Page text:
The Queen’s English is the British accent we Americans are accustomed to hearing, thanks mainly to the royal family. But that’s not how all British people speak. Some speak a far more accented English, so much so that virtual assistants may not be able to understand them. The BBC has a solution, and it’s called “Beeb.”
Beeb will launch next year as a virtual assistant to help navigate BBC online services. As part of the effort to make Beeb the best it can be, BBC developers are asking employees around the U.K. this week to test out the software to ensure it works.
While it will understand a wide array of British dialects, it likely will only be voiced by a single individual. So the Queen’s English will probably still reign.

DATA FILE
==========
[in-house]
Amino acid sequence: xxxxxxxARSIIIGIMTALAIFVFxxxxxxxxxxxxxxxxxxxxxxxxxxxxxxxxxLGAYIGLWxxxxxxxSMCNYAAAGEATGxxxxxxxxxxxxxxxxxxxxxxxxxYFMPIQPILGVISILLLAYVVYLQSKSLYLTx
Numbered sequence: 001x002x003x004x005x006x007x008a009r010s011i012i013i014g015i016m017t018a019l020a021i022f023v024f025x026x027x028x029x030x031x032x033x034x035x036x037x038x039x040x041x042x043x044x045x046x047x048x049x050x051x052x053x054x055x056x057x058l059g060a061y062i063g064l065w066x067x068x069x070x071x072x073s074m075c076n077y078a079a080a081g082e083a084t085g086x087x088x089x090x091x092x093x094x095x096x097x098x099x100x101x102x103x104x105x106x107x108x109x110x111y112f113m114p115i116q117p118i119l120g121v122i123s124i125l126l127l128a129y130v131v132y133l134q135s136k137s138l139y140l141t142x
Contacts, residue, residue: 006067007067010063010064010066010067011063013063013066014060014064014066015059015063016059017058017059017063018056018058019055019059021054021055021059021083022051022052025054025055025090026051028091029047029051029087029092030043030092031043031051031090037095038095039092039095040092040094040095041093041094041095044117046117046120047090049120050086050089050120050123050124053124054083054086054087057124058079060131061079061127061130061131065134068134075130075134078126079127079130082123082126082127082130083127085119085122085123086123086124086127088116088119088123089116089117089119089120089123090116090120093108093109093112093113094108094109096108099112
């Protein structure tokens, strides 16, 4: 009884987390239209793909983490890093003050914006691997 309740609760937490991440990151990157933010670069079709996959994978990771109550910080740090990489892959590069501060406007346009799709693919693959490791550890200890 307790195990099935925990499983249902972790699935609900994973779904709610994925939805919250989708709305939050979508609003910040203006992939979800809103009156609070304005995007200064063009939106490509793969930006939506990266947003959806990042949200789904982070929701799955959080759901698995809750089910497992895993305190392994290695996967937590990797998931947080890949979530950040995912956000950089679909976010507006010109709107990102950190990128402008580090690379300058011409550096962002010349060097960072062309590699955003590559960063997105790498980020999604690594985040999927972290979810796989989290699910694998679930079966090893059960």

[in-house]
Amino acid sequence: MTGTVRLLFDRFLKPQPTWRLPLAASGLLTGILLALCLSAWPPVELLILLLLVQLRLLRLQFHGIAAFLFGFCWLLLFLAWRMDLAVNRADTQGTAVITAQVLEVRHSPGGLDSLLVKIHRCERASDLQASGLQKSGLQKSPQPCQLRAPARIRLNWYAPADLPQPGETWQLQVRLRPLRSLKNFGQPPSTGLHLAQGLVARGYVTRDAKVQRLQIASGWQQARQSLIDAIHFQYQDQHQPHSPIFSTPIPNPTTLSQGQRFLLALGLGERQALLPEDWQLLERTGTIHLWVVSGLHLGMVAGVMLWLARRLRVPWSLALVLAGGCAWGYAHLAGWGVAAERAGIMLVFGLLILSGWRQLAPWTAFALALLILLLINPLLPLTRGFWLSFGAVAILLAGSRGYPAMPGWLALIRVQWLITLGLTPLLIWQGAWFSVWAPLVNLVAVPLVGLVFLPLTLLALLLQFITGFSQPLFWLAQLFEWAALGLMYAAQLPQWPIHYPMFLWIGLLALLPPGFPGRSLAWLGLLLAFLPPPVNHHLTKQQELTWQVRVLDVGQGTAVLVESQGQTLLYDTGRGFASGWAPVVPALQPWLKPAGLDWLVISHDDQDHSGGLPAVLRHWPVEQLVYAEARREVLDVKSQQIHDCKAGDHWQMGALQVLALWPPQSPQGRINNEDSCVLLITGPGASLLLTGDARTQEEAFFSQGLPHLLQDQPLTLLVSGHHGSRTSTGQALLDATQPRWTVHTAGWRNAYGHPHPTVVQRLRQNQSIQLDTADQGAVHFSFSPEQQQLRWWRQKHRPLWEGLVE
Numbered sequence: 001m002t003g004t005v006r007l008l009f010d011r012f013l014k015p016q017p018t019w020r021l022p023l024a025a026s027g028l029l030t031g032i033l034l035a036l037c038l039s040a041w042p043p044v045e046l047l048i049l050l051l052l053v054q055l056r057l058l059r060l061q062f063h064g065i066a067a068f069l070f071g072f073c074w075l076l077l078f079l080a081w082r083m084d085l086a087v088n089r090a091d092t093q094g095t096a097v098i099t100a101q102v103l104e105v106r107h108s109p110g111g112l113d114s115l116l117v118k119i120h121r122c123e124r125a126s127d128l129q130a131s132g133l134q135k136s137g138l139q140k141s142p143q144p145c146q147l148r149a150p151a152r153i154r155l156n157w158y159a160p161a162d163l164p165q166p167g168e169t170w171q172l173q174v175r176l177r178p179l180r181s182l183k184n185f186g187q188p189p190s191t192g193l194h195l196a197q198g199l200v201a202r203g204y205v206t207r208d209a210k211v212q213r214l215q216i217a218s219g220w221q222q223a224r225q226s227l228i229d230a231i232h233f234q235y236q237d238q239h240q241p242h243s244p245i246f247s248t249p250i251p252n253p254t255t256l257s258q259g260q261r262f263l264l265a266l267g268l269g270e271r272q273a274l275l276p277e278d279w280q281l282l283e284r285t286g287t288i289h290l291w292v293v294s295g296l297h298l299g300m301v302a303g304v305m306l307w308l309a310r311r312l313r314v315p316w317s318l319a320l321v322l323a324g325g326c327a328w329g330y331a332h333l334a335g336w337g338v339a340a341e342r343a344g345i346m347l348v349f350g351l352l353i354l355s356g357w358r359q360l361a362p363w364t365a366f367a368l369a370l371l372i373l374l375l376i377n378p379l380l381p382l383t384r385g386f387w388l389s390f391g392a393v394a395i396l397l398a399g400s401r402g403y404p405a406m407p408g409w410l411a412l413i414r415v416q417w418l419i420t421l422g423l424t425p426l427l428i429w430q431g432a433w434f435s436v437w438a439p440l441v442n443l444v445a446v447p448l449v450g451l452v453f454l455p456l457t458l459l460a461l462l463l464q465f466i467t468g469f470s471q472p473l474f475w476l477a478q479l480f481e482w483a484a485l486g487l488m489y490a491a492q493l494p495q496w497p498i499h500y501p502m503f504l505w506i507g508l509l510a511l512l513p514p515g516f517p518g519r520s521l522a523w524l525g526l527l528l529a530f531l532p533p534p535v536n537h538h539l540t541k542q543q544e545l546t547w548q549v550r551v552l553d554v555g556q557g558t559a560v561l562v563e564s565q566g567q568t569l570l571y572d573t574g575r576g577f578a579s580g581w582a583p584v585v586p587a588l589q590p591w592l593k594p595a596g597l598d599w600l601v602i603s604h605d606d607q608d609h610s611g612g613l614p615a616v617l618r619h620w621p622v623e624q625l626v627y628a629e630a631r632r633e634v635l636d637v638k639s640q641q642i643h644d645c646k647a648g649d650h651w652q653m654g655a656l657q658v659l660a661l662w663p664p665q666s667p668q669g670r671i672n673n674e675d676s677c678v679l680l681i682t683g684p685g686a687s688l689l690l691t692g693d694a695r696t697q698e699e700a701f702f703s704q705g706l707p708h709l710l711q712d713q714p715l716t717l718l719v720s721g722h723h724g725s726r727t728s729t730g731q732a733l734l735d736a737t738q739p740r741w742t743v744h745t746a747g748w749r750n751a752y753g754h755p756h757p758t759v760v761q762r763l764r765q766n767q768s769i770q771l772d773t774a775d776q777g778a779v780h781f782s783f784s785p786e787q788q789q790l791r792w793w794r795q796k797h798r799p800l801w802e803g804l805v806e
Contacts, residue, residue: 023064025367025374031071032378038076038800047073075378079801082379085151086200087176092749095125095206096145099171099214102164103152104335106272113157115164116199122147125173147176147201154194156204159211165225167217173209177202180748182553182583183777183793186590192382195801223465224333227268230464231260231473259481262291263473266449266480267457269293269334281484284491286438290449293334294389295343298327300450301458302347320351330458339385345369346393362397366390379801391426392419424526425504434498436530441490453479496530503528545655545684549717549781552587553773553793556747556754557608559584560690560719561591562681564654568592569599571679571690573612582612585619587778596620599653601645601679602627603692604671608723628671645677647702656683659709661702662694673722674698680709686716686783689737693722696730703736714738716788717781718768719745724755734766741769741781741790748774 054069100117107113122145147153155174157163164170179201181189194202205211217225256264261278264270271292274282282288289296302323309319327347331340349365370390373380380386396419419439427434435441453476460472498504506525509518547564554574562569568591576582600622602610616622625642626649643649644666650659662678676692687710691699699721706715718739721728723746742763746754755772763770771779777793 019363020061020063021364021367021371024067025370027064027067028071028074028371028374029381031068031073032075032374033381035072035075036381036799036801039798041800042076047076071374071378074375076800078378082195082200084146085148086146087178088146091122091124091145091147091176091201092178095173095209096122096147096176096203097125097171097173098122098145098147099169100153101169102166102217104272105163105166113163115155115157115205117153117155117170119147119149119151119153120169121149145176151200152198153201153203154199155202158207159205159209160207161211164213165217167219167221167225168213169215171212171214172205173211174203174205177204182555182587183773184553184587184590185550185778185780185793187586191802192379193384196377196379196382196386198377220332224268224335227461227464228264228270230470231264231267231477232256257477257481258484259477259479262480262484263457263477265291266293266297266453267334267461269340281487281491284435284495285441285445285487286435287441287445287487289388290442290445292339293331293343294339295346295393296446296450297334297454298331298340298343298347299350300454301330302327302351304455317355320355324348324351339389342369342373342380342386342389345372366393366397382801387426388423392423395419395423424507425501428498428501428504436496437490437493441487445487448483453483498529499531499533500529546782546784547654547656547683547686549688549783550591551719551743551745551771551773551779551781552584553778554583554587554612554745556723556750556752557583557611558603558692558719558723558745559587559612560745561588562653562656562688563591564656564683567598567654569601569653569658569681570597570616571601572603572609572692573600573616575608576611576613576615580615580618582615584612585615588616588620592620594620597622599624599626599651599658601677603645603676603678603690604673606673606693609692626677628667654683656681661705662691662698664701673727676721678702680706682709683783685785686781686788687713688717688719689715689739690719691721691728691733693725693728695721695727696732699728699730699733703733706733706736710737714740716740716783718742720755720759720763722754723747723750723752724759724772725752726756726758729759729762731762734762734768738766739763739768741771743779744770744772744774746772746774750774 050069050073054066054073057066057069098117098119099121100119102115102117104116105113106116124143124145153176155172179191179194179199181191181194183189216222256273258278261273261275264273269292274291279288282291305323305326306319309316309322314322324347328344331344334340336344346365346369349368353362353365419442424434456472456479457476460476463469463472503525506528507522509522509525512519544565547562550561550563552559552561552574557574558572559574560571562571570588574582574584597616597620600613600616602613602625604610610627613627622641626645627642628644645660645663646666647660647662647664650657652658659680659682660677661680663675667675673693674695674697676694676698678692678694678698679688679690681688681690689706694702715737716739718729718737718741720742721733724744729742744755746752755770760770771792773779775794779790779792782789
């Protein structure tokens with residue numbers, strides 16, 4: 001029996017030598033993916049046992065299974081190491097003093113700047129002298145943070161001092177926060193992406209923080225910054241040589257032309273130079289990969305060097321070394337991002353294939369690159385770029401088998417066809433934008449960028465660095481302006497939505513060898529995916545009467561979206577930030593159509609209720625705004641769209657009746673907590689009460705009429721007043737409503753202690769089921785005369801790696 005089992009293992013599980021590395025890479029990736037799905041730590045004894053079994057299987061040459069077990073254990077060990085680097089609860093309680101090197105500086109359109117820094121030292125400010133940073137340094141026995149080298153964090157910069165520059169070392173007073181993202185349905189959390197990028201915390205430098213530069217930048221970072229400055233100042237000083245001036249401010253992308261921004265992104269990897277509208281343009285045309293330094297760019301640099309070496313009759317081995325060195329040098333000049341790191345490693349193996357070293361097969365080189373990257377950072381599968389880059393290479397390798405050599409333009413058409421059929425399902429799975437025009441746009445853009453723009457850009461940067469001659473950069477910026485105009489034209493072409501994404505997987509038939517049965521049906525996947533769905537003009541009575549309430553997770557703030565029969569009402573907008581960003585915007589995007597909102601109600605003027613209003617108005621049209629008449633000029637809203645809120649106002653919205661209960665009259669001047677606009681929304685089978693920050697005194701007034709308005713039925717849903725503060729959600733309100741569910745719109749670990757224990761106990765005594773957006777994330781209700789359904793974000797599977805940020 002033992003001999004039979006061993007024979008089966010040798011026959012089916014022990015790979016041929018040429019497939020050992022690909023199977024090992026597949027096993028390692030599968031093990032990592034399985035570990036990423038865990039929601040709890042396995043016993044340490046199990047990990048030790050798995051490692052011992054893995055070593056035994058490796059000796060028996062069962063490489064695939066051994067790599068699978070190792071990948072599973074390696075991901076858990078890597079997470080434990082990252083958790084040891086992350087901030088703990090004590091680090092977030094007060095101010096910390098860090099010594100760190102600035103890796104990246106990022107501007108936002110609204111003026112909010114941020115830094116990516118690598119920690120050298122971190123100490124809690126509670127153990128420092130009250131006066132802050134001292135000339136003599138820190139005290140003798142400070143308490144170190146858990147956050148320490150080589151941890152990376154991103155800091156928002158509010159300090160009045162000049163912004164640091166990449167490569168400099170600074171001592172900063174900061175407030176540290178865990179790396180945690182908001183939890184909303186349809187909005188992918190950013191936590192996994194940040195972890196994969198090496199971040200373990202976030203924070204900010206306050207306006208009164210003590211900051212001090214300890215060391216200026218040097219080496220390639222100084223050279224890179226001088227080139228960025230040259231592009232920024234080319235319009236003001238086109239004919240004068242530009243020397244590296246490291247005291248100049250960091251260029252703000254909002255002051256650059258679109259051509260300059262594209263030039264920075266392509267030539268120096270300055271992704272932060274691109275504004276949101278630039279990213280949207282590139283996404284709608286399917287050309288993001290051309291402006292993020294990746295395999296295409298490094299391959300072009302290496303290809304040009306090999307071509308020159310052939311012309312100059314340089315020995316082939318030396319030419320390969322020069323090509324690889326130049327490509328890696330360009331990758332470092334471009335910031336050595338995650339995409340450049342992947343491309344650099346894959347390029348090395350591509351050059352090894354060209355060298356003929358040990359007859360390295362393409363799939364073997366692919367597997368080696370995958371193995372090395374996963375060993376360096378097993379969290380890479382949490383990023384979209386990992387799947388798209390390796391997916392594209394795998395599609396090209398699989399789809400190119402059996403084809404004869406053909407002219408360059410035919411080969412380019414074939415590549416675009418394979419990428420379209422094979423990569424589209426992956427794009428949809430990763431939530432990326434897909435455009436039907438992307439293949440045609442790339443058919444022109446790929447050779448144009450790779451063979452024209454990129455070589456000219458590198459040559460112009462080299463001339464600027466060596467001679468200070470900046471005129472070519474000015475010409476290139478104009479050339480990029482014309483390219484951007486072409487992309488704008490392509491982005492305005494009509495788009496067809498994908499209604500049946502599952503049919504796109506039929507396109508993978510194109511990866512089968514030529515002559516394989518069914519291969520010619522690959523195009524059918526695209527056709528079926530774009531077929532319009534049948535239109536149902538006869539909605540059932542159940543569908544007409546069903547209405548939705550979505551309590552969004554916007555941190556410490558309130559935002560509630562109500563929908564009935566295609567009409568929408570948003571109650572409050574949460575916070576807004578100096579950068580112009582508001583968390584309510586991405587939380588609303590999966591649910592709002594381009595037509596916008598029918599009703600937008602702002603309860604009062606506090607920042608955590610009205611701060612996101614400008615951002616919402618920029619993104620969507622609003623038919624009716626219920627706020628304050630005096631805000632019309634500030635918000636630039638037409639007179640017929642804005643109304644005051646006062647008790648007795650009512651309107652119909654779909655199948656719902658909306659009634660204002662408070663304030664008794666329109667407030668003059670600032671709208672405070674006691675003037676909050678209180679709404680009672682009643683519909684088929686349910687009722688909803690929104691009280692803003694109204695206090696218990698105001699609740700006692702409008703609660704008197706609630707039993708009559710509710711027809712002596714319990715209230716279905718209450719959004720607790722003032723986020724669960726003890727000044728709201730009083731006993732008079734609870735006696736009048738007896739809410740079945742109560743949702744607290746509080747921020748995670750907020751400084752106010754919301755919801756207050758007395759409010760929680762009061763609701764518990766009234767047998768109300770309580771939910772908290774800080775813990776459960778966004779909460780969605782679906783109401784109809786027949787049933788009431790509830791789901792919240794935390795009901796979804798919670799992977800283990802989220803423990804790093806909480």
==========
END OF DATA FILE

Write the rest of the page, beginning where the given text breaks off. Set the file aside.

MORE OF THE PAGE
Calling it a “rival” to Alexa may be a bit generous, though. It wouldn’t take the shape of a TARDIS on your desk (I kid, I kid) or a speaker like Echo or Google Home. BBC instead hopes to offer it to manufacturers who provide BBC software on their devices, as well as its websites and the iPlayer app.
It also won’t offer the functionality of Alexa or Google Home, but it will have a wake word: “Beeb.” Why Beeb? Most likely, it’s the word’s familiarity among the British — the term’s been used for decades as a nickname for the broadcaster.
The efforts to create an in-house virtual assistant likely are part of a broader strategy to collect more data on listeners and viewers. It recently ended a partnership with TuneIn over the company’s refusal to provide information on who was listening to BBC content.
The BBC will also be able to experiment with new features and programs without having to build the virtual assistant a certain way, a spokesperson said. The BBC did not specify how it would use the data collected, especially the queries of any future users. That is a growing point of concern for privacy advocates, with Amazon, Apple, Google, and even Microsoft all in the spotlight for how they are listening in on users of their virtual assistants.
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